On the other hand, I believe that we can go too far in the church if we try to avoid any acknowledgment of the need to pray for our country and to be good citizens.
Symbols are important. In recent months a Baptist church has been in the news because of the pressure that their new pastor experienced when he decided (that was the way the news accounts reported it) to remove the American and Christian flags from the sanctuary. Now, lots of churches in this nation have never had such flags in their places of worship and see no need to do so. It frankly would not bother me not to have the flags in a sanctuary in which I worship. For me, symbols of the Christian faith are most appropriate for a Christian sanctuary. Give me a cross and a Bible and a baptistery and I’m good to go.
Still, every church in which I have ever served has had the American and Christian flags in the sanctuary. I’m not bothered by it. I take the presence of the two flags to serve as a reminder that we are citizens of two kingdoms. We should pray for the earthly kingdom in which we live. But we should remember that our ultimate and primary citizenship is in the Kingdom of God.
I do have an issue with flag etiquette, though. Etiquette for displaying the American flag requires that it always have the position of honor, which in this case means to the right of the speaker. I frankly would be more comfortable if we placed the Christian flag in the position of honor as a way of making the point that we Christians are first and foremost citizens of the Kingdom of Heaven.
I have realized an irony in my struggles. My main position is that our Christian commitment comes before and stands above and influences all other commitments, including that to our great nation. The irony is that one could make a case that in these matters I am putting being an American ahead of being a Christian. I am emphasizing the wisdom of honoring the U.S. Constitution rather than promoting the idea that the United States should be a “Christian” nation.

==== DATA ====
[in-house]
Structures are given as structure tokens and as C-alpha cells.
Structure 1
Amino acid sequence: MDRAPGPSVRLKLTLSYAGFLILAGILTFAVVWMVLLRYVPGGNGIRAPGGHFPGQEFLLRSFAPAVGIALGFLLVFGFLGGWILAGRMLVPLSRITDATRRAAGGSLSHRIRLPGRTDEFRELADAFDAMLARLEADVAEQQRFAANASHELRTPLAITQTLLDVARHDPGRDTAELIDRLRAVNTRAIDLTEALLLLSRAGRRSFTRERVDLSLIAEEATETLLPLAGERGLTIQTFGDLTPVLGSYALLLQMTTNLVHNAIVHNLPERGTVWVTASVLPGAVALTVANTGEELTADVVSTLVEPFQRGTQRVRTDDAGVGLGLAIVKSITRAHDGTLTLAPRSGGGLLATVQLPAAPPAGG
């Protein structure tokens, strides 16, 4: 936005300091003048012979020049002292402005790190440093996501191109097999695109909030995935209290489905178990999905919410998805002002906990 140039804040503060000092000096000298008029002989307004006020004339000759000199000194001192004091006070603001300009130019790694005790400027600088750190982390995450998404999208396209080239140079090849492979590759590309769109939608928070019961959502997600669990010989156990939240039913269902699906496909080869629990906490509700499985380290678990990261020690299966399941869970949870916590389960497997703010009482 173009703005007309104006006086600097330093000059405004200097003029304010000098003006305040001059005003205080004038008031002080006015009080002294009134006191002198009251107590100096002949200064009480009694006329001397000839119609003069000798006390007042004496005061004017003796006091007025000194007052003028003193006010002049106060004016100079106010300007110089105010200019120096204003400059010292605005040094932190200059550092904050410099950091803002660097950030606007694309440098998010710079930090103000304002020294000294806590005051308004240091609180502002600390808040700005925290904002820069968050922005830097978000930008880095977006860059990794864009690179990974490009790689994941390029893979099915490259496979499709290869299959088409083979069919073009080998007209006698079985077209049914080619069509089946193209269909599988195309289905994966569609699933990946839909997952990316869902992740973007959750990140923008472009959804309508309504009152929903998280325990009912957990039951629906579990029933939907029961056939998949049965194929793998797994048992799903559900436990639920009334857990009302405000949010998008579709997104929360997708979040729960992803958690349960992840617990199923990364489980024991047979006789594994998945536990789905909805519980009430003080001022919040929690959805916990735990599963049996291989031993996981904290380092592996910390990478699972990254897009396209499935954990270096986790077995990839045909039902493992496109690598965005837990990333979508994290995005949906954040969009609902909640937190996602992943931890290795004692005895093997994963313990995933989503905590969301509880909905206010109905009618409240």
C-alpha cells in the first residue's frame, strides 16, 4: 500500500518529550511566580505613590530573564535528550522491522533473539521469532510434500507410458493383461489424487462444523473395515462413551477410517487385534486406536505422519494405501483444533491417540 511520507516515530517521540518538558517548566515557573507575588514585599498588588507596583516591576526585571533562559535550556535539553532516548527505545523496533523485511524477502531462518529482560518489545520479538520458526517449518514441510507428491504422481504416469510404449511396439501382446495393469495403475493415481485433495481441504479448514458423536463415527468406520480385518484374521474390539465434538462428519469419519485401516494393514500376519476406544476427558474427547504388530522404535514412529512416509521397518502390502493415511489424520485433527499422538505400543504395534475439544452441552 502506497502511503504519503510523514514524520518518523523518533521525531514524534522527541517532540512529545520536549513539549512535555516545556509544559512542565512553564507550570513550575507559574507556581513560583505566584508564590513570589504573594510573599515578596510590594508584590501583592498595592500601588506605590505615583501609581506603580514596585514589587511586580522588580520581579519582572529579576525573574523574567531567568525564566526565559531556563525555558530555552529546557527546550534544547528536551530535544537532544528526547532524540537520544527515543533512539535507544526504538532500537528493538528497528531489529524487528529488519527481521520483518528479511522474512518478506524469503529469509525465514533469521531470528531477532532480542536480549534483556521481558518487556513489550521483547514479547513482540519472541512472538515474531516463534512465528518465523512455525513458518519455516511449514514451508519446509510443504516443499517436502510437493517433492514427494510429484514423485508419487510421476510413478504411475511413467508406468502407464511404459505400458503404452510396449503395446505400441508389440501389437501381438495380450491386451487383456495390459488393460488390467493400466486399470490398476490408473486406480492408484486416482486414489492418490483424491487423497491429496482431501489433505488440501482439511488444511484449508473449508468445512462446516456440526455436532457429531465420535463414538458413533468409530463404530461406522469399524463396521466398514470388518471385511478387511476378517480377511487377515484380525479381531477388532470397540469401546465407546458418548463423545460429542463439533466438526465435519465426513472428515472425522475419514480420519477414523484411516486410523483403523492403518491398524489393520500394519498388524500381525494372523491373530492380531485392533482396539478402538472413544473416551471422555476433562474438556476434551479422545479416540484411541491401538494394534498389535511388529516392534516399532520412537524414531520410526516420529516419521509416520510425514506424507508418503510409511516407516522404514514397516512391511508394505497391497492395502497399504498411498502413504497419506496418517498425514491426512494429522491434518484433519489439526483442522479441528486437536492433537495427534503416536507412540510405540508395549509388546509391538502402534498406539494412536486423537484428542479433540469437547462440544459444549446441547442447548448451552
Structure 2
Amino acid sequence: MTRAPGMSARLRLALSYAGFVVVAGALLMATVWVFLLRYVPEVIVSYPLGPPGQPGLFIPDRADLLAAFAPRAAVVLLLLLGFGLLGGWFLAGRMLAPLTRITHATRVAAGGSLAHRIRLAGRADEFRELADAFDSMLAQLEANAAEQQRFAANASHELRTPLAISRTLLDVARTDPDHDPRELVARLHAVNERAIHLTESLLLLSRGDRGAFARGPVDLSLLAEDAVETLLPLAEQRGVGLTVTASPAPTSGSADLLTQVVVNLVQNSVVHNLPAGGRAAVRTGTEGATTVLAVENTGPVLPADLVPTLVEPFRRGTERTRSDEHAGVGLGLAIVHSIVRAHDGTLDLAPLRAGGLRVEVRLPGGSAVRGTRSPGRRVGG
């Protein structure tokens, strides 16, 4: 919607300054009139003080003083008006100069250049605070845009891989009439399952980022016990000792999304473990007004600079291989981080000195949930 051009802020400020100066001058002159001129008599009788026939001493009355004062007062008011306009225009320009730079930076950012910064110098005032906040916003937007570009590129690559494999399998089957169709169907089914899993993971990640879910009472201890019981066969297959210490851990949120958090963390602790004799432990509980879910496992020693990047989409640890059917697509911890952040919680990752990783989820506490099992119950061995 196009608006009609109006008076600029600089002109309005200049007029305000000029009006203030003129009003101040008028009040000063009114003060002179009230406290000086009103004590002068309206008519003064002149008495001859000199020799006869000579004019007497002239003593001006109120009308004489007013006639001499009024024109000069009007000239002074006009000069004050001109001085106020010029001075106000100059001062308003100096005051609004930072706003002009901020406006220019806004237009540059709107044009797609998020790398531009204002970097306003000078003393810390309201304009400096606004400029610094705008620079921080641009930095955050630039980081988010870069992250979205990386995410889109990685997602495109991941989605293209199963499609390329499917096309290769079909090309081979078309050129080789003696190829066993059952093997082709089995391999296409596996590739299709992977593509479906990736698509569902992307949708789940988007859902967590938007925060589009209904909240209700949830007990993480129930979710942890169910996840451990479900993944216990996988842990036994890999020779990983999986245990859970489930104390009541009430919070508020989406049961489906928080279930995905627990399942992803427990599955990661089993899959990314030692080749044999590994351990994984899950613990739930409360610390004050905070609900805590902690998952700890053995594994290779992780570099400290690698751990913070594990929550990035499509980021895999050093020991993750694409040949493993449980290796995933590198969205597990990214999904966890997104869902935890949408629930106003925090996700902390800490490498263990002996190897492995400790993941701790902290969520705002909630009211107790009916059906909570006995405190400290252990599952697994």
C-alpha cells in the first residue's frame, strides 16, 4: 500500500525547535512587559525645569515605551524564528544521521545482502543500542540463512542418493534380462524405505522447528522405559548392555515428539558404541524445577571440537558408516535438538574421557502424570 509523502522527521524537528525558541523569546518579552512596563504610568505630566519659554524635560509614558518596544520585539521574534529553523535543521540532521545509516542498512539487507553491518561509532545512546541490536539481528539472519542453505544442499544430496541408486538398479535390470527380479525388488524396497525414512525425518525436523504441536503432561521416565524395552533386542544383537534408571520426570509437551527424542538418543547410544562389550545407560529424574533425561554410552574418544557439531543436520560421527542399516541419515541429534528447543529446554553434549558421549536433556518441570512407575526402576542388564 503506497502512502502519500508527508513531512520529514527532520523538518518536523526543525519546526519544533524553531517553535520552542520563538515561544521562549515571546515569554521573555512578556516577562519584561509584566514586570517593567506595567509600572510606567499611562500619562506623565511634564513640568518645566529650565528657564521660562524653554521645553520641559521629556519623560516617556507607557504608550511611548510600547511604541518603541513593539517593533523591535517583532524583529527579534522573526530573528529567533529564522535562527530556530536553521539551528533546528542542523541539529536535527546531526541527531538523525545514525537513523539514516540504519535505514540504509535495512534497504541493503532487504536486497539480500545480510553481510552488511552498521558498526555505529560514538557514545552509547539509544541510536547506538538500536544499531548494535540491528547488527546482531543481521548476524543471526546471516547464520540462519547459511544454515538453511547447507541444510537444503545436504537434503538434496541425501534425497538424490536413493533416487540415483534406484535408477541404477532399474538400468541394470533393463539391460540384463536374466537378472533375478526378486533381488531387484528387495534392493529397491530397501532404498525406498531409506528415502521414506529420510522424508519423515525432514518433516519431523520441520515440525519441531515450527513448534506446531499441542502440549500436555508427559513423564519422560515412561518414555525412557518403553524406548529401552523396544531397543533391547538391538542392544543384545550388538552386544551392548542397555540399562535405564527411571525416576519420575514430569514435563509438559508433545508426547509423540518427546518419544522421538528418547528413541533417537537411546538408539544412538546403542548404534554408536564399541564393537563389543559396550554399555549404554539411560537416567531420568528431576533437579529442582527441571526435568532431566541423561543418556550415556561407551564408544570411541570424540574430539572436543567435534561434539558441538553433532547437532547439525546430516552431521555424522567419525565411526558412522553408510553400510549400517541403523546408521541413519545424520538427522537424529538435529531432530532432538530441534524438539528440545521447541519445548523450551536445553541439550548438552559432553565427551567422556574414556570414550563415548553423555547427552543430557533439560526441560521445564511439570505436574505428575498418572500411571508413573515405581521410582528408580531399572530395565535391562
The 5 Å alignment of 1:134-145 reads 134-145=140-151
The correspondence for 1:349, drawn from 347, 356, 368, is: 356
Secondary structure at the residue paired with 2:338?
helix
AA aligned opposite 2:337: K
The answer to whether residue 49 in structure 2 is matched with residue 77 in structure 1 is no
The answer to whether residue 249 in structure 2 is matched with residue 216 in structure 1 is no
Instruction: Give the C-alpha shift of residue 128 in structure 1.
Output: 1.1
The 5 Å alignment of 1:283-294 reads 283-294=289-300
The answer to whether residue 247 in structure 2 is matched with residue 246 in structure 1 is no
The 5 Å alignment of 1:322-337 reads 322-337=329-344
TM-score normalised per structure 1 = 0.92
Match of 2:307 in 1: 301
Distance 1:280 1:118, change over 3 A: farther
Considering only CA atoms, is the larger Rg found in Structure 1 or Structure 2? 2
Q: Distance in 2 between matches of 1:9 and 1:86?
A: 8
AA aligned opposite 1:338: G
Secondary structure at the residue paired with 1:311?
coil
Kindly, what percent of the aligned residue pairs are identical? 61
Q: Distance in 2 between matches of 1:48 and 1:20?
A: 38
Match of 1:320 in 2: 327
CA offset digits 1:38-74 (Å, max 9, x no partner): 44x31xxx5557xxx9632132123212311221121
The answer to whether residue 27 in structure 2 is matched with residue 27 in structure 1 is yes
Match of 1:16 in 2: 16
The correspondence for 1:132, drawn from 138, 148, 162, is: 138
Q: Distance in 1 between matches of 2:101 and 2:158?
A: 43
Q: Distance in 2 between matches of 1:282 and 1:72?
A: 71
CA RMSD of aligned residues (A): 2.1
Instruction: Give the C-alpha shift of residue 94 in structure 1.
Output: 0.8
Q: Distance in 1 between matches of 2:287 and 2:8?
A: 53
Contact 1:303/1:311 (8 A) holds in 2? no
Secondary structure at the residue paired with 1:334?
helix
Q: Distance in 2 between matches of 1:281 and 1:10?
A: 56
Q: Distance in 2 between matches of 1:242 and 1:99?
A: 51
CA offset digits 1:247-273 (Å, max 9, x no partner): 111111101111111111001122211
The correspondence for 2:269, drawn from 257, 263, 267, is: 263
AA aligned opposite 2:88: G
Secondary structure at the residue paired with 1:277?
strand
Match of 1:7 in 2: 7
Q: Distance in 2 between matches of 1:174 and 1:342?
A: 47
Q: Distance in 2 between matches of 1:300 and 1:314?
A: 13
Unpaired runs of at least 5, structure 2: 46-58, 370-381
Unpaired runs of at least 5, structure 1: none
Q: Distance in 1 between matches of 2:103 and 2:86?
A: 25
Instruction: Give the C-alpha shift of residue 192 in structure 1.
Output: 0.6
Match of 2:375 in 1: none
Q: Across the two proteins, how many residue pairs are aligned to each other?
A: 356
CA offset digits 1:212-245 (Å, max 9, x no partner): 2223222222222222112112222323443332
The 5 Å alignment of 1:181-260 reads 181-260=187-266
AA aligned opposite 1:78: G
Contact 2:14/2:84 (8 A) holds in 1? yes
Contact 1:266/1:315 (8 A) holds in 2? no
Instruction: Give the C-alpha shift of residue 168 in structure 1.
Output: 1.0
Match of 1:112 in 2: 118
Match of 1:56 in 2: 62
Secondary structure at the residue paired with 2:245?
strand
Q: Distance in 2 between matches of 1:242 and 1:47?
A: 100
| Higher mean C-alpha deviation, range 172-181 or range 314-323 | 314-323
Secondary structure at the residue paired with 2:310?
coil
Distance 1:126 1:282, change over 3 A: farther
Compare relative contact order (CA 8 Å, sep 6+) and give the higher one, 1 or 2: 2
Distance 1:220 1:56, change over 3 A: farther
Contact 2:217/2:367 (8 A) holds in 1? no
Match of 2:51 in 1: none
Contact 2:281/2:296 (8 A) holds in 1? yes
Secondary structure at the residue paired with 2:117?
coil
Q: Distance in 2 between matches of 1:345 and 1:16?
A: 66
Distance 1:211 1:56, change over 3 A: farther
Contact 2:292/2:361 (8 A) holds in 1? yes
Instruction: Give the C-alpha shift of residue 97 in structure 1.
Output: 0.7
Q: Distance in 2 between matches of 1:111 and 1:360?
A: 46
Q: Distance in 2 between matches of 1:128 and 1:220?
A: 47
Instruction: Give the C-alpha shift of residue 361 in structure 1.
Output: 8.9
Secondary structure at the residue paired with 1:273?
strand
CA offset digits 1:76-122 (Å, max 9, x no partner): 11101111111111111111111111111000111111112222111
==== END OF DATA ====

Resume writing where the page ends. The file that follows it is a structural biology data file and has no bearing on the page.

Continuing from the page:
My position is not as ironic as it might first appear, however. I truly believe that our constitutional tradition of having no establishment of religion and of protecting the free exercise of religion protects and promotes the best kind of religious practices and matches best with the biblical way of relating to God. People are meant to come to God or not to come to God freely and without coercion. The only real faith is personal faith. The ideal is still a free church (or synagogue or mosque or temple) in a free state.
I’m clear on my principles. But this year I’m struggling with how to apply them and with what angle I should take.
Maybe I should just preach about Jesus and then shoot off some fireworks in the sanctuary!
Michael Ruffin is pastor at The Hill Baptist Church in Augusta, Ga. He blogs at On The Jericho Road.
Michael Ruffin is curriculum editor with Smyth & Helwys Publishing in Macon, Georgia.